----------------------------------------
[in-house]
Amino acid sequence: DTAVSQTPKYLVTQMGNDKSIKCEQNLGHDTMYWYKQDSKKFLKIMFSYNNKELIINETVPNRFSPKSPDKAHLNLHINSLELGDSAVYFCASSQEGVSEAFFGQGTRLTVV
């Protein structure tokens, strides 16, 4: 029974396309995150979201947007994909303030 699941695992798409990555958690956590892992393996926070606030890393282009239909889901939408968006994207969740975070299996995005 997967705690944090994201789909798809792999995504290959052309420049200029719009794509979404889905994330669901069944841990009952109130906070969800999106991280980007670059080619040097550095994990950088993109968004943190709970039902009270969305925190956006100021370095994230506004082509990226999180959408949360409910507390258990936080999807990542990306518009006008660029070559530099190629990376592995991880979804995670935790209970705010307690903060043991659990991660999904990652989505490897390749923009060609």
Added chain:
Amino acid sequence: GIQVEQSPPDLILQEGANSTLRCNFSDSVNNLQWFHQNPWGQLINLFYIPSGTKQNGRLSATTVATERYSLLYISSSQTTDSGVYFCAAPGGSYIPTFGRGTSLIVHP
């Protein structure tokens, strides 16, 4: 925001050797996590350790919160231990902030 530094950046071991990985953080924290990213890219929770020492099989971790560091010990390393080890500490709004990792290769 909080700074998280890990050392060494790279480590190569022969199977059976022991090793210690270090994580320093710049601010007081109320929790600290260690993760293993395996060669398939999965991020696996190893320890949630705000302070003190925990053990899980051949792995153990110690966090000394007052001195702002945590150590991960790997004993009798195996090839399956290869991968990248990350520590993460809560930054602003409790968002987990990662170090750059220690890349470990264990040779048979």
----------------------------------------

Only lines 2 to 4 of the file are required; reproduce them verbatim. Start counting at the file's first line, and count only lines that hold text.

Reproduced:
Amino acid sequence: DTAVSQTPKYLVTQMGNDKSIKCEQNLGHDTMYWYKQDSKKFLKIMFSYNNKELIINETVPNRFSPKSPDKAHLNLHINSLELGDSAVYFCASSQEGVSEAFFGQGTRLTVV
């Protein structure tokens, strides 16, 4: 029974396309995150979201947007994909303030 699941695992798409990555958690956590892992393996926070606030890393282009239909889901939408968006994207969740975070299996995005 997967705690944090994201789909798809792999995504290959052309420049200029719009794509979404889905994330669901069944841990009952109130906070969800999106991280980007670059080619040097550095994990950088993109968004943190709970039902009270969305925190956006100021370095994230506004082509990226999180959408949360409910507390258990936080999807990542990306518009006008660029070559530099190629990376592995991880979804995670935790209970705010307690903060043991659990991660999904990652989505490897390749923009060609």
Added chain: